My sister and I had three lovely days in New York City last week. Since it was exactly 20 years ago that my sister visited the city last time (August 1989), she had a long list with what she wanted to see. So, we walked a lot (up and down 50 blocks in that heat and humidity was tough!), visited Bloomingdale’s and Macy’s, cooled off in Starbucks – preferably in a Barnes & Noble book store (my sister reads more than I and works in the publishing business), and visited Times Square, however not as impressive in daylight…
We also visited the Frick Collection on 5th Avenue (12 blocks south of the Met, i.e on 70th St) – a great medium-sized museum in a beautiful old Millionaires’ Row-mansion with art from Degas, Whistler, Rembrandt, El Greco and Goya. No queues and do-able in 1-2 hours!
However, the highlight for me was the relatively newly opened High Line Park. I had read an article about the park, a year ago or so, I think in a Swedish newspaper and it sounded like an amazing project – a park on an old railway line, three levels up from the street in the middle of Manhattan!
When we had lunch with the other blogger girls, it turned out that Anna and her boyfriend P also wanted to see the High Line Park, so we decided to meet up at 10th Ave – 20th St on Thursday morning.
Of course J and I were a little late, the train was delayed and then we walked in a brisk pace from Penn Station (32nd St)… Phew! Did I mention that it was really hot and humid? We were already feeling our [fast] walks from the day before and had blisters and aches in our legs… But as soon as we had climbed the stairs and started walking along the park we relaxed. It was so quiet and calm up there, even though you could hear the muted noise from the traffic below.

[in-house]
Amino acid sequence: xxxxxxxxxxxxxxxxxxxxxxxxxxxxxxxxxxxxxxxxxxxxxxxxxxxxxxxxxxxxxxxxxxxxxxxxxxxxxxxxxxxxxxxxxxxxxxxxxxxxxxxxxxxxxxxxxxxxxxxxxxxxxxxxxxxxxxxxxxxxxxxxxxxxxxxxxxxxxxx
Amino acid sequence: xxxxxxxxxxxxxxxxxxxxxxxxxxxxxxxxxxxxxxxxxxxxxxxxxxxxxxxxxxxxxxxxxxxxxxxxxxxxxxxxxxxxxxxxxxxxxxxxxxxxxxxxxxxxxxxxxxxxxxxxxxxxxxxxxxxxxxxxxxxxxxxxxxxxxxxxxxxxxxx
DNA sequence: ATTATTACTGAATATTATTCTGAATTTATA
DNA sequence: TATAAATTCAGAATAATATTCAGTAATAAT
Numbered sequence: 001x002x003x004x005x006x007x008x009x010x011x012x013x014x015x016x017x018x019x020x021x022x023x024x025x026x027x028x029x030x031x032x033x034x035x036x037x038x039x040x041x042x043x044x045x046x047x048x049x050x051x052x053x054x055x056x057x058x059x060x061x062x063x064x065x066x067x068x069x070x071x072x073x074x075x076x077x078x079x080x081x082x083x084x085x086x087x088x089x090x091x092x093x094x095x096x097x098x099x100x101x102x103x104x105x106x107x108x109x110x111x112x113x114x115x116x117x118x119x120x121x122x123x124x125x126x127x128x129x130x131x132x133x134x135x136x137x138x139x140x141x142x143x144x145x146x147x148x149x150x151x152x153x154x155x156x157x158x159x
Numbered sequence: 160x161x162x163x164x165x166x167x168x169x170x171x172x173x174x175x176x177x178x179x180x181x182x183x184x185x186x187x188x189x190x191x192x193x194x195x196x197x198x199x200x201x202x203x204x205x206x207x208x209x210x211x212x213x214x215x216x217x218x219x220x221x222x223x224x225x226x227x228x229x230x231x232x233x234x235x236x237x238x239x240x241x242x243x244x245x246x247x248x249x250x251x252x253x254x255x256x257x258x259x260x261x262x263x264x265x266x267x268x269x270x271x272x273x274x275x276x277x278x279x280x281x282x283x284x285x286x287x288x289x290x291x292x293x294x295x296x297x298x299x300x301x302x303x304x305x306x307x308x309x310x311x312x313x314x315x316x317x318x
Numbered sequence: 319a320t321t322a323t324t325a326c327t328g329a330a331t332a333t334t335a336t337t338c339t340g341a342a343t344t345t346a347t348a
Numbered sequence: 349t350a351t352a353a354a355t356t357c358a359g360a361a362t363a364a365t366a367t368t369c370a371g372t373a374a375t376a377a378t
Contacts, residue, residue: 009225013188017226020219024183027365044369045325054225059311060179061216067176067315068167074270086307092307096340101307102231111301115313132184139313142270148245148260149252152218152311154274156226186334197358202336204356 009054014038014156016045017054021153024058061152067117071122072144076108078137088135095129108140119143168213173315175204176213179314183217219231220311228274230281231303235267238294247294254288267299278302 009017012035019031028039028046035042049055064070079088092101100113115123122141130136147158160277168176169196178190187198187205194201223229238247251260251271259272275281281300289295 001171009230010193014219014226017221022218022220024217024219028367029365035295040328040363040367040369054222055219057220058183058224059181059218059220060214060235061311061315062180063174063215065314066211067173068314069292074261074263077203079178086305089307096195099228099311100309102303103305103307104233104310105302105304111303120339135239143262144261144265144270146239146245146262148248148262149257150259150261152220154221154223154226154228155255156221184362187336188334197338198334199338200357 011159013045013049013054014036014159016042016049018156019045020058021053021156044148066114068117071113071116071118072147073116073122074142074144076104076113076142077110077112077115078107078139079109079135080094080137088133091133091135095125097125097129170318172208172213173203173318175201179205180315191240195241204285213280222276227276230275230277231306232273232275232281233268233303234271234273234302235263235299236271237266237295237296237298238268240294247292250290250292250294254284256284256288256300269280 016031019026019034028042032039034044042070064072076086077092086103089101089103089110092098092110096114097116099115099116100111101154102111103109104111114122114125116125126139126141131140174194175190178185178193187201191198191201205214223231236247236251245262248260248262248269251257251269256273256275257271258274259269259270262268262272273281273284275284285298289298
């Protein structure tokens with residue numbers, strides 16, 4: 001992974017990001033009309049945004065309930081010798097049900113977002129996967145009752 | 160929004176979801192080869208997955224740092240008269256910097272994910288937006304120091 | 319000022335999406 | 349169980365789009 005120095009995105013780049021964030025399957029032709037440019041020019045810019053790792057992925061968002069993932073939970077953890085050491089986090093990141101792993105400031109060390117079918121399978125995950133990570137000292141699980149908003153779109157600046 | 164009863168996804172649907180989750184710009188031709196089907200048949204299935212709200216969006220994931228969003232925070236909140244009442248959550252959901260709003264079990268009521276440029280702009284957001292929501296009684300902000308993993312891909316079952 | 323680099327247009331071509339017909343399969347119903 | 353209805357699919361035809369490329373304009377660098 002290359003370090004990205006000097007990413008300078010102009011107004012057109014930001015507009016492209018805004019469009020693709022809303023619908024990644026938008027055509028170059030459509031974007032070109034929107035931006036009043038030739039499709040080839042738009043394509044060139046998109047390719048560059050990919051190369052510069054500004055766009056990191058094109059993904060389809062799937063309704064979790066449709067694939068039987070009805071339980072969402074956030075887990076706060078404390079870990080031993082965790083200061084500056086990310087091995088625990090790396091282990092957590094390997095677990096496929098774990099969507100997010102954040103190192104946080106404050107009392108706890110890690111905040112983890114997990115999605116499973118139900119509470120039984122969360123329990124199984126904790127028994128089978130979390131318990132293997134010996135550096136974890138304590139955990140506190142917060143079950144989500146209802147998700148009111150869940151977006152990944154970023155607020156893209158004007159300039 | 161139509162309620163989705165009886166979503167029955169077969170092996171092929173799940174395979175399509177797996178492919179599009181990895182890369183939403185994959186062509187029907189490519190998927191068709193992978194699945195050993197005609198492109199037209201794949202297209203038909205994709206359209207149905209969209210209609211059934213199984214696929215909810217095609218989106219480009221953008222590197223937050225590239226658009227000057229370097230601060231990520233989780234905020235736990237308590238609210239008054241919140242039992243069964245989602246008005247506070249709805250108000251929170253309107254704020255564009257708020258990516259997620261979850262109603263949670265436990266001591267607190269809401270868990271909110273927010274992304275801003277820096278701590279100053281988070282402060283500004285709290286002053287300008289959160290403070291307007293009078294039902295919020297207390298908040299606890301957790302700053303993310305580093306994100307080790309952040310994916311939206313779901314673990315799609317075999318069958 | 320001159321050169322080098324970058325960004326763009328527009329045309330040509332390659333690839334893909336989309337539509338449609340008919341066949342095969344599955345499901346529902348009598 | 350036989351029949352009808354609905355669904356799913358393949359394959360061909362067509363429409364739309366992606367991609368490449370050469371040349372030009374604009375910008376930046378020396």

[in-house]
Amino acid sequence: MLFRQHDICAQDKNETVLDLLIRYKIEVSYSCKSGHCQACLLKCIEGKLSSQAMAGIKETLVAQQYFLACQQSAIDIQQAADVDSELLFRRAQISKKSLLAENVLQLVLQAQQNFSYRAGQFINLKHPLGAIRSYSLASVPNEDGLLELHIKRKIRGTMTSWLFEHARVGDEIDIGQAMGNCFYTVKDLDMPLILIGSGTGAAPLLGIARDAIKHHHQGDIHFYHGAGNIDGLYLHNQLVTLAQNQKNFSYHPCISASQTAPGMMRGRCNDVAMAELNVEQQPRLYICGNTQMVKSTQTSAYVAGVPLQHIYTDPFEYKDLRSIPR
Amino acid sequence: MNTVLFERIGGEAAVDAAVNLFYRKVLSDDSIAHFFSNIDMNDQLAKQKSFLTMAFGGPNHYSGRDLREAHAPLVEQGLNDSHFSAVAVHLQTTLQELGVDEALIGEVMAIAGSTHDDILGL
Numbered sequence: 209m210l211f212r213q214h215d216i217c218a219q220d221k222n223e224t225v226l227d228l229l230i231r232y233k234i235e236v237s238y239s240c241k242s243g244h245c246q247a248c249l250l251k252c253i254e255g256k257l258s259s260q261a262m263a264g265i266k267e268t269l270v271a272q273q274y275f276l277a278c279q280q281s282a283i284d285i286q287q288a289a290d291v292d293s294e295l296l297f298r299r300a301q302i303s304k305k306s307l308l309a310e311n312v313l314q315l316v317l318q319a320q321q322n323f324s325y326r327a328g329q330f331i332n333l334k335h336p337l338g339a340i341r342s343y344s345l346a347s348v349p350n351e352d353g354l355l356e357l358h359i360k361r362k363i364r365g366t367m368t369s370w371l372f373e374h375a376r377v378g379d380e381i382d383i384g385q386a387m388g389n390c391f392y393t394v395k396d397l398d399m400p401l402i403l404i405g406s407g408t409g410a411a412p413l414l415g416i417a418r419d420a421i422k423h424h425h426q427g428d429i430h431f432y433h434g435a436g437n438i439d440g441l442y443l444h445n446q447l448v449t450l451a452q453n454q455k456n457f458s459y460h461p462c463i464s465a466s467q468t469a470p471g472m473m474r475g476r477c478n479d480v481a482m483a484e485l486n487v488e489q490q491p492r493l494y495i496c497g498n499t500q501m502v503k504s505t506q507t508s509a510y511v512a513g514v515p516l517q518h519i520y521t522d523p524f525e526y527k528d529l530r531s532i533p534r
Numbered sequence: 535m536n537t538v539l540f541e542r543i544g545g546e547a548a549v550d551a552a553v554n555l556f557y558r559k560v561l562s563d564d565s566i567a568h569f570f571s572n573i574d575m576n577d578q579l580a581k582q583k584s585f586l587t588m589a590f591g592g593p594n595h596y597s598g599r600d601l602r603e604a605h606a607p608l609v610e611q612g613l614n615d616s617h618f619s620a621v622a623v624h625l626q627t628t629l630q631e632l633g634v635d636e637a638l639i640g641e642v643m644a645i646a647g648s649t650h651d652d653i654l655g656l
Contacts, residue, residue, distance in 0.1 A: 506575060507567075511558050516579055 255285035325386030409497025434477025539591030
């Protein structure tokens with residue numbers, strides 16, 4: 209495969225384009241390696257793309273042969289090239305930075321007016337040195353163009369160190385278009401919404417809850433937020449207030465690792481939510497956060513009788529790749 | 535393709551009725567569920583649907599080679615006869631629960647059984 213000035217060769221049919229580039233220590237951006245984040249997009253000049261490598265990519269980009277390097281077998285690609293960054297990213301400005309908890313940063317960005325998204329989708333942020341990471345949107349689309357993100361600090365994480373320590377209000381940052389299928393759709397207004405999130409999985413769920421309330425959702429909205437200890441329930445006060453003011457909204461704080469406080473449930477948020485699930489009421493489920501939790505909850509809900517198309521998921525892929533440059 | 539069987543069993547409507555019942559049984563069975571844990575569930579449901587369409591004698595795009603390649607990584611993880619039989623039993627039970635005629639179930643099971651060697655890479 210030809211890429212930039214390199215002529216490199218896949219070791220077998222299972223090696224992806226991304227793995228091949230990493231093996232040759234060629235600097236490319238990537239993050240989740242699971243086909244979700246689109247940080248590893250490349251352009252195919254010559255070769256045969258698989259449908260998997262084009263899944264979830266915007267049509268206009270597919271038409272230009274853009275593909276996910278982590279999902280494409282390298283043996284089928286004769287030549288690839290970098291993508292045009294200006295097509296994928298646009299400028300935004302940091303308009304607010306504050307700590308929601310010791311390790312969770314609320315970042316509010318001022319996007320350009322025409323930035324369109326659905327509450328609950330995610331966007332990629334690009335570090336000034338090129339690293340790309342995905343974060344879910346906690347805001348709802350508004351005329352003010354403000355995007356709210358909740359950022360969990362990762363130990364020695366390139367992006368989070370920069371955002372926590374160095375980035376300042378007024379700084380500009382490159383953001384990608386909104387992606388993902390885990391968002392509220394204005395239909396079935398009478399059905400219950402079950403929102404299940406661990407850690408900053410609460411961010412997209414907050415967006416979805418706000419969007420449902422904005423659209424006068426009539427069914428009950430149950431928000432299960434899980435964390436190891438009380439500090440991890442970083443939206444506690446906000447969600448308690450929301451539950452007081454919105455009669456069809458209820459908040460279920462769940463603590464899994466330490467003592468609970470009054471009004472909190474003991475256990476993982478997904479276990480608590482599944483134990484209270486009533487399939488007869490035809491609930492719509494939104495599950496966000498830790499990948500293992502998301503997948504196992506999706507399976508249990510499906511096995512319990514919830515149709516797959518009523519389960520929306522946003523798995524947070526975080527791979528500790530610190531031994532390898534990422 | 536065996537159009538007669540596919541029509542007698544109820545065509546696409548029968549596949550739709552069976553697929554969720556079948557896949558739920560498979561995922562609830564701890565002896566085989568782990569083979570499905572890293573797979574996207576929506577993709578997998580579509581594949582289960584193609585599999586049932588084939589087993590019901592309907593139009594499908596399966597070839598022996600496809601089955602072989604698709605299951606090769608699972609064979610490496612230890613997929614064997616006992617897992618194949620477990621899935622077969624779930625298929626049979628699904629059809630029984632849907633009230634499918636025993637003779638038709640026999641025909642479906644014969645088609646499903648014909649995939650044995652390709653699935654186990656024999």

The High Line Park runs from Gansevoort Street to 34th Street between 10th and 11th Avenues. However, only the section from Gansevoort to 20th Street was opened to the public in June 2009. The rest is still under “construction” or maybe “planting”.
The High Line railway was built at the end of the 1920’s to avoid accidents in the Meatpacking District. The railway on street level was nick-named Death Avenue because of the amount of people getting killed in accidents with the trains transporting meat from the ~250 slaughterhouses in the area.
I like how the vegetation is kept wild and not trimmed into typical park flower beds…
Parts of the railway were placed in tunnels but from the 34th St to Gansevoort St it was elevated in a sort of bridge. The line was discontinued in the 1980’s and the railway tracks were taken over by rust, wild flowers and grass. In 2001 it was decided that the railway bridge should be torn down, but a few enthusiasts decided to try to save it and make it into a park. Read more about the High Line Park on its web-site.
We were trying to work out what this was – just seating to watch the traffic? There’s no stage so it couldn’t be for theatre?
The walking paths’ paving have been designed so that flowers and plants can spread in between the cracks… The billboard is not on the park by sticking up from the street!
You can have a coffee while walking along the park – I hope that they will never go commercial… A Starbucks would just be wrong here!
The Standard Hotel saddling the High Line Park
Anna is enjoying the sunbeds in the Park – some of the sunbeds were movable along the old railway tracks…
The High Line Park view
Street view from the High Line Park
There were not many tourists in the park – probably because it was opened recently and if you have an old guidebook (like I do), it is not mentioned. It is also off the beaten track, most tourists stay around 5th Avenue and Times Square and might prefer the more accessible and famous Central Park. But, personally I will definitely come back to the High Line Park next time I am in New York City!